People living near oil and gas facilities may be exposed to high levels of toxic air pollutants, and face an increased risk of cancer, according to the findings of a new study.
Researchers determined people living within 500 feet of oil and gas wells and facilities are more likely to develop cancer, according to findings published late last month in the medical journal Environmental Science & Technology.
In the study, researchers from the Colorado School of Public Health, Boulder County Public Health, CU Boulder, the National Aeronautics and Space Administration (NASA), and the University of California Irvine examined residential inhalation exposure to air pollution. They focused on hydrocarbons emitted by oil and gas factories, using ambient air samples to estimate 1 hour and 30 year residential inhalation exposure for four residential scenarios along Colorado’s Northern Front Range.
Researchers noted both the hydrocarbon air pollutants and the risk of health problems increased closer to oil and gas plants. The increases in exposure put residents at higher risk of neurological, hematological, and developmental side effects, according to the findings.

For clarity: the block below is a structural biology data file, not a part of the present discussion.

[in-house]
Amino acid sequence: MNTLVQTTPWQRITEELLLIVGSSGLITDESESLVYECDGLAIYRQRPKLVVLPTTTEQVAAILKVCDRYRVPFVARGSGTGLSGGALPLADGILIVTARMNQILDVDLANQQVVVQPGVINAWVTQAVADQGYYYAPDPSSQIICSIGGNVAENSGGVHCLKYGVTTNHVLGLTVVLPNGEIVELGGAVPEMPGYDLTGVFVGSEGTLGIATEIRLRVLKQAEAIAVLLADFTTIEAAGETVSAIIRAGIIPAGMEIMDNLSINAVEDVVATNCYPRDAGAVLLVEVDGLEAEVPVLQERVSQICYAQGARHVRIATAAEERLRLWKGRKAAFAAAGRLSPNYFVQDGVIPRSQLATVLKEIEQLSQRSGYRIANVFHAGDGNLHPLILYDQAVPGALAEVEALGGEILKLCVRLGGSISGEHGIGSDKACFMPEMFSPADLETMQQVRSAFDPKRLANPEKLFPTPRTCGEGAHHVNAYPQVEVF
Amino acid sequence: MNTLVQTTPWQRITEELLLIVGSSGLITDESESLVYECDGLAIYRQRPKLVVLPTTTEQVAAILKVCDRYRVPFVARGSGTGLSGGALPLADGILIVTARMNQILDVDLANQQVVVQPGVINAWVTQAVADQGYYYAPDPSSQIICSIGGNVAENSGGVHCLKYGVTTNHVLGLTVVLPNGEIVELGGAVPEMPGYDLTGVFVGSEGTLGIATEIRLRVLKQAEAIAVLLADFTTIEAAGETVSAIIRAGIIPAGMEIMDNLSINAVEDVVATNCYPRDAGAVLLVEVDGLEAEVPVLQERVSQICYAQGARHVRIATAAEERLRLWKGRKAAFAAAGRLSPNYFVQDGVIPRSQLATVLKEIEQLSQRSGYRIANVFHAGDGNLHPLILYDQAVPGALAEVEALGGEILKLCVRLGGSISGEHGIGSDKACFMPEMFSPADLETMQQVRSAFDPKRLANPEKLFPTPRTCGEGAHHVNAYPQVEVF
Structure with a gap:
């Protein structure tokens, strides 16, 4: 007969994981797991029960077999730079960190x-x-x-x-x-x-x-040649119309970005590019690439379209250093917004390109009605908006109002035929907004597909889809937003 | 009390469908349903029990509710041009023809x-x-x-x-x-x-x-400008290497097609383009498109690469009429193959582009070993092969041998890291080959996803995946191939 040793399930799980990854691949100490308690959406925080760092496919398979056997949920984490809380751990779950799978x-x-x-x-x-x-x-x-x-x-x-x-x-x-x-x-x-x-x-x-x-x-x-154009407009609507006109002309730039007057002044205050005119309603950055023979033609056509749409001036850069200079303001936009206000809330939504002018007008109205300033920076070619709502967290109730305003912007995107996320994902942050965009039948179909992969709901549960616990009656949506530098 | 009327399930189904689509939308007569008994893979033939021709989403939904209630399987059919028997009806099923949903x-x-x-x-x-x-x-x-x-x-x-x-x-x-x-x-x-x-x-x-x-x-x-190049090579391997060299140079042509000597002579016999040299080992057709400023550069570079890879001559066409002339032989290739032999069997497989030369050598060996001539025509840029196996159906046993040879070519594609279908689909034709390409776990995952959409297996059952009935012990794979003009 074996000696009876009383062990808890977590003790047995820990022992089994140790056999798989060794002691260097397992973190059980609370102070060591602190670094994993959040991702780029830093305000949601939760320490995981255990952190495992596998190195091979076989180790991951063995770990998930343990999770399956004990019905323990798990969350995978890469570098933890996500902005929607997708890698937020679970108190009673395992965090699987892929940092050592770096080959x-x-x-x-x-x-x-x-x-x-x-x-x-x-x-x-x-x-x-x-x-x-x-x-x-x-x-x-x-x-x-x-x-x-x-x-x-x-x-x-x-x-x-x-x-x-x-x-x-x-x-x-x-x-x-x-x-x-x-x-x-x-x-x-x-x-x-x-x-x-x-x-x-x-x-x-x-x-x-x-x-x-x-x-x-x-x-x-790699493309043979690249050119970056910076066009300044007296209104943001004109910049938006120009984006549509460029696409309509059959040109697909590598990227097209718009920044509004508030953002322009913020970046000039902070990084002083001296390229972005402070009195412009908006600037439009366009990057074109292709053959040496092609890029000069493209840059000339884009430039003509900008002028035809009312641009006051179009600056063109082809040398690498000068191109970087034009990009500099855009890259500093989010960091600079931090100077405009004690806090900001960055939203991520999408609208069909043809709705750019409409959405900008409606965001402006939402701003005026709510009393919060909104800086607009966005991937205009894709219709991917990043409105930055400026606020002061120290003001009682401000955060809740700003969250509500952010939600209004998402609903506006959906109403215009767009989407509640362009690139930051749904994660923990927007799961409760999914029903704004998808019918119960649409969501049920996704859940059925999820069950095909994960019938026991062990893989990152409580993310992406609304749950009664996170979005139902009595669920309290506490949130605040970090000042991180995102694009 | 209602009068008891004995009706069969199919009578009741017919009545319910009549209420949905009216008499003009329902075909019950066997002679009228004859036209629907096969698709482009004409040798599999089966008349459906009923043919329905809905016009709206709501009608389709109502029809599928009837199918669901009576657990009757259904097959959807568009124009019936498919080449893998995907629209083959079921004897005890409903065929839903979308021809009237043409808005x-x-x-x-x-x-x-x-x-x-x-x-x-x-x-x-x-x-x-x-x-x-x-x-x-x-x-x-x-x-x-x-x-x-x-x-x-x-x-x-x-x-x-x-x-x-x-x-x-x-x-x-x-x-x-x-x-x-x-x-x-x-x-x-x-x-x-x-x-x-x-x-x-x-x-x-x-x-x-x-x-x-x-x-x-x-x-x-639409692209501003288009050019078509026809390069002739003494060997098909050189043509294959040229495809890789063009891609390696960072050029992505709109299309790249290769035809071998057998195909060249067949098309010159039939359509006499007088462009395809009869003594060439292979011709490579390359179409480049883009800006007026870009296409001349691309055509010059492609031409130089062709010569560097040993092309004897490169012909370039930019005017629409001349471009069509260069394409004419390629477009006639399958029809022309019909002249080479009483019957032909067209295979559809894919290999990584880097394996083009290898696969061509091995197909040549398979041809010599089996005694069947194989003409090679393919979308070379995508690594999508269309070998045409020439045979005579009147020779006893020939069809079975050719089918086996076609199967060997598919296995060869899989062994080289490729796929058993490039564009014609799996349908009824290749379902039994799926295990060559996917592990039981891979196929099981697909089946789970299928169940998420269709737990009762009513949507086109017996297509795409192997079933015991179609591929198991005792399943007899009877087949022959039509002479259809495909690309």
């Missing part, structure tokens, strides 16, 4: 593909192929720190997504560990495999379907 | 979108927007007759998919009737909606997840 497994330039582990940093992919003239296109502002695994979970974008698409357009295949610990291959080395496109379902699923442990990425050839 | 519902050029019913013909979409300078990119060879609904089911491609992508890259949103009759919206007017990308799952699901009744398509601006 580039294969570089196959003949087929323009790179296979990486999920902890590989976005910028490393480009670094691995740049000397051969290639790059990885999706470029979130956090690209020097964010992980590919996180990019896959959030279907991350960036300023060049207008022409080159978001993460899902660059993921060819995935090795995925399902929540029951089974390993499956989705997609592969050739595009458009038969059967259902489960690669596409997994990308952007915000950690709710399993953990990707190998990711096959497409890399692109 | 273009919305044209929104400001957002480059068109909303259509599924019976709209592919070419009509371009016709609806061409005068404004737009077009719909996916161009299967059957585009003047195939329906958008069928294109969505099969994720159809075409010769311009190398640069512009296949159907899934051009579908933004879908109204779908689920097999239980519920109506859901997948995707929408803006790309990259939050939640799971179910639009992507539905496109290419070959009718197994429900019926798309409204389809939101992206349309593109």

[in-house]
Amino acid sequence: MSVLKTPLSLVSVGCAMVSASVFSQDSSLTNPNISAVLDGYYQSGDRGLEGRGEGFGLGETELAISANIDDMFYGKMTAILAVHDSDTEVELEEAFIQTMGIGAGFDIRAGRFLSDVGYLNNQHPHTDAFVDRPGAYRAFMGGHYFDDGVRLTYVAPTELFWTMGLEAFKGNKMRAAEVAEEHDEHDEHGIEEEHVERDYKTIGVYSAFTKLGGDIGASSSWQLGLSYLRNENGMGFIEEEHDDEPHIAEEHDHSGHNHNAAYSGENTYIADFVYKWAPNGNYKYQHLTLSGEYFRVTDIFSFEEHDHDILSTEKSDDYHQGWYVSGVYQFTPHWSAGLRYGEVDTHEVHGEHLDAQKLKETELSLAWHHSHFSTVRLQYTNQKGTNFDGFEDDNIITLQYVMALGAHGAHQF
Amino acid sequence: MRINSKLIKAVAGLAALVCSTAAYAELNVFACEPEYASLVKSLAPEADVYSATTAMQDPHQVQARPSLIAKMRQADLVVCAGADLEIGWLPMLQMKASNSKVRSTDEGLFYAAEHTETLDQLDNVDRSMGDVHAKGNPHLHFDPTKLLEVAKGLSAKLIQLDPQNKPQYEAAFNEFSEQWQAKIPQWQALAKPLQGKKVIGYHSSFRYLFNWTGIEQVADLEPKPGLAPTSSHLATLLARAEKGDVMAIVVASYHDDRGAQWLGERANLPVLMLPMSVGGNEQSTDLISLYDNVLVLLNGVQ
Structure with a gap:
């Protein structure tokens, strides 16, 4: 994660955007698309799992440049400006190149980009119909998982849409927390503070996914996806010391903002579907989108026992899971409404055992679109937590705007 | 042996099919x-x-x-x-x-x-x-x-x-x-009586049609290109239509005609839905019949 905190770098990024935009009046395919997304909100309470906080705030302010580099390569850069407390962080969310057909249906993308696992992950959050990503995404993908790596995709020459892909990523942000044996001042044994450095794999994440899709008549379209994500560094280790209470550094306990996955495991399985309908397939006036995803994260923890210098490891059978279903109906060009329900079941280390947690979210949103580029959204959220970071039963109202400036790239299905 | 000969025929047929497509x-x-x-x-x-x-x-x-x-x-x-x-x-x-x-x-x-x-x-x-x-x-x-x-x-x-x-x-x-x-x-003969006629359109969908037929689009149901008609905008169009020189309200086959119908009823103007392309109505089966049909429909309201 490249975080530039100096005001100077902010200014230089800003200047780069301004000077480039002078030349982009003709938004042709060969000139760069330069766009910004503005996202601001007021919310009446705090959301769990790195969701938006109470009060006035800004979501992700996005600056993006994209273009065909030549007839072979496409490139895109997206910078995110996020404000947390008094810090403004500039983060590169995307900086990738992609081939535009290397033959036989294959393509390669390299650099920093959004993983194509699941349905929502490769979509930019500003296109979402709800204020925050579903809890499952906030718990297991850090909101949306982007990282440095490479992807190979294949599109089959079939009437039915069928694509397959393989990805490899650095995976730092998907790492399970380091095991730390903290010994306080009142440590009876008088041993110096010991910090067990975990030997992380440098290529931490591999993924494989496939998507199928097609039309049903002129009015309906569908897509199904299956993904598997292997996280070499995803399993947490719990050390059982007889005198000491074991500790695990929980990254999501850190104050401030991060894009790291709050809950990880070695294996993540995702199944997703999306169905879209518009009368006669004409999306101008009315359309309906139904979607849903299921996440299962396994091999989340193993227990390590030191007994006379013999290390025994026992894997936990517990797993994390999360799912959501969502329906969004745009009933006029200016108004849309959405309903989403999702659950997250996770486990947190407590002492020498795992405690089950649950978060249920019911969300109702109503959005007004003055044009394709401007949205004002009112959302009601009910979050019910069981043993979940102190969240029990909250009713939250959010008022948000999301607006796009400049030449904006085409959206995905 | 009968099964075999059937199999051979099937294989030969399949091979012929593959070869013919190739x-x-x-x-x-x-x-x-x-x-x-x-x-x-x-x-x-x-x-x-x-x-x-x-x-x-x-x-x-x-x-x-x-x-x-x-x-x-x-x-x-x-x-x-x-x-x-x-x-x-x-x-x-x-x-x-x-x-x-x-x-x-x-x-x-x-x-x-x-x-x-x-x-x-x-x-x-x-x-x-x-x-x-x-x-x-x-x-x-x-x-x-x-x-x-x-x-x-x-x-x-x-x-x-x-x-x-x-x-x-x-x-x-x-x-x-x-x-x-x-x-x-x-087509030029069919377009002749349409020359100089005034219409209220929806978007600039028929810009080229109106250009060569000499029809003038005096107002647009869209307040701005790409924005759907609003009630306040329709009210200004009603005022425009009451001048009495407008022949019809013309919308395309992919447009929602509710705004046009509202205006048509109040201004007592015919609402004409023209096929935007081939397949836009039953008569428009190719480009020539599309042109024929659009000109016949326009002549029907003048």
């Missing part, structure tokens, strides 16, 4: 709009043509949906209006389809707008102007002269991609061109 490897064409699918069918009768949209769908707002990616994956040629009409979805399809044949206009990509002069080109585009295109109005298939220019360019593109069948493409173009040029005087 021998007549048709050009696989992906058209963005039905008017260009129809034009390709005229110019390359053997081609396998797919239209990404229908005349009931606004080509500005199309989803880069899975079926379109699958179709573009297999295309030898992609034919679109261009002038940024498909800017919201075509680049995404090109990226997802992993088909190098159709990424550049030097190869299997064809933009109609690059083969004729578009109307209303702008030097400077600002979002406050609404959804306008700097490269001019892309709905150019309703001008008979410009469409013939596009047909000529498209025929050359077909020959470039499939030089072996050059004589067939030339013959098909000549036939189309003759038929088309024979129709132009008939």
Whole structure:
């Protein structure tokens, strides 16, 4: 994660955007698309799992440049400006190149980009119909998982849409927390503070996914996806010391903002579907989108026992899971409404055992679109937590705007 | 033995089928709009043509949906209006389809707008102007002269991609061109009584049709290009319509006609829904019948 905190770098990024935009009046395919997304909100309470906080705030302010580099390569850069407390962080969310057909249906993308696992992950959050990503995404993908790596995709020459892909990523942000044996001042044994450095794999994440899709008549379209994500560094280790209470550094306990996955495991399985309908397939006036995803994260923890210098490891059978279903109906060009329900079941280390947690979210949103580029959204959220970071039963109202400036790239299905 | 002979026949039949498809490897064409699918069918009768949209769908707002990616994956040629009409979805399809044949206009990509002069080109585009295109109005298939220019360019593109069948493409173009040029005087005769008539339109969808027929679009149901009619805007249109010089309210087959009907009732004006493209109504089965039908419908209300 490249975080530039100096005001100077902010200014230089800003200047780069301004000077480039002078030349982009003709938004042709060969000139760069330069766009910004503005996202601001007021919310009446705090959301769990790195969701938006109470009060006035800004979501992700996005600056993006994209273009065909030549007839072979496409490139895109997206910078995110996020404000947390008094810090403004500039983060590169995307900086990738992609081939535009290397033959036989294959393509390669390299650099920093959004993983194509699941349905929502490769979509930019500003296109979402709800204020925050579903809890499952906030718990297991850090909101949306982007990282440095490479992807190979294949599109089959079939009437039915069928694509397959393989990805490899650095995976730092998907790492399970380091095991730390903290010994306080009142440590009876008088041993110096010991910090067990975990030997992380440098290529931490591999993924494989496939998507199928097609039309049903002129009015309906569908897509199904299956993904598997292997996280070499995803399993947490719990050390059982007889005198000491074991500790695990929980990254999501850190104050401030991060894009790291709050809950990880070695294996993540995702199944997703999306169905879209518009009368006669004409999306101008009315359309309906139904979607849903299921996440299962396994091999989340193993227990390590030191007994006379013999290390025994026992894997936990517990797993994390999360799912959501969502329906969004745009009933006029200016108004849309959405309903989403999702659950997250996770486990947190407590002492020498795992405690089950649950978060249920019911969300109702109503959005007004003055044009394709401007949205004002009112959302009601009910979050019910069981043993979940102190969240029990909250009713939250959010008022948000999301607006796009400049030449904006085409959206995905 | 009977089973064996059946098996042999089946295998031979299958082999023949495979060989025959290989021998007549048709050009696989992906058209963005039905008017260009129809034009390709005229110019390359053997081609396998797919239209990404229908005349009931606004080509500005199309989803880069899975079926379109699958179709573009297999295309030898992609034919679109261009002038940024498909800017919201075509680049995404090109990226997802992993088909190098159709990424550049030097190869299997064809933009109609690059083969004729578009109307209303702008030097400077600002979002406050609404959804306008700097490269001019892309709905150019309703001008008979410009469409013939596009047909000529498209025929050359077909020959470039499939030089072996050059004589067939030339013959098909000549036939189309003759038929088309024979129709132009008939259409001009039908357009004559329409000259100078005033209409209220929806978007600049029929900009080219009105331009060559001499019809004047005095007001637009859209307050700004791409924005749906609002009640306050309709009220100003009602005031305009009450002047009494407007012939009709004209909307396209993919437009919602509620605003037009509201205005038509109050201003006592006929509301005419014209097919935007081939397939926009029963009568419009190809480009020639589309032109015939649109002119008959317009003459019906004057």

The data indicated a person living within 500 feet of any oil or gas plant had eight times the lifetime risk of cancer. The researchers noted that the 500-foot distance did little to protect residents from potential health risks, and found that many people live even closer than that.
According to the researchers, nearly 20% of Denver’s population, or 350,000 people, live within a half mile of an active oil or gas site.
Additionally, the average benzene concentrations were 41 times higher in samples collected within 500 feet of an oil and gas facility than those collected father away.
Researchers noted that benzene levels may also be twice as high during the night, when samples weren’t taken. This is because of high atmospheric stability, meaning the emissions don’t disperse the way they do during the day.
Previous studies have found that air pollution may increase the risk of some types of strokes, increase the risk of death, even at levels lower than national safety standards, and is harmful to the heart and cardiovascular system.
Researchers emphasized the need for policies that monitor and reduce emissions, especially in areas near homes, schools, and other recreation areas. A study published last month indicated reducing air pollution emissions could save more than 153 million people globally.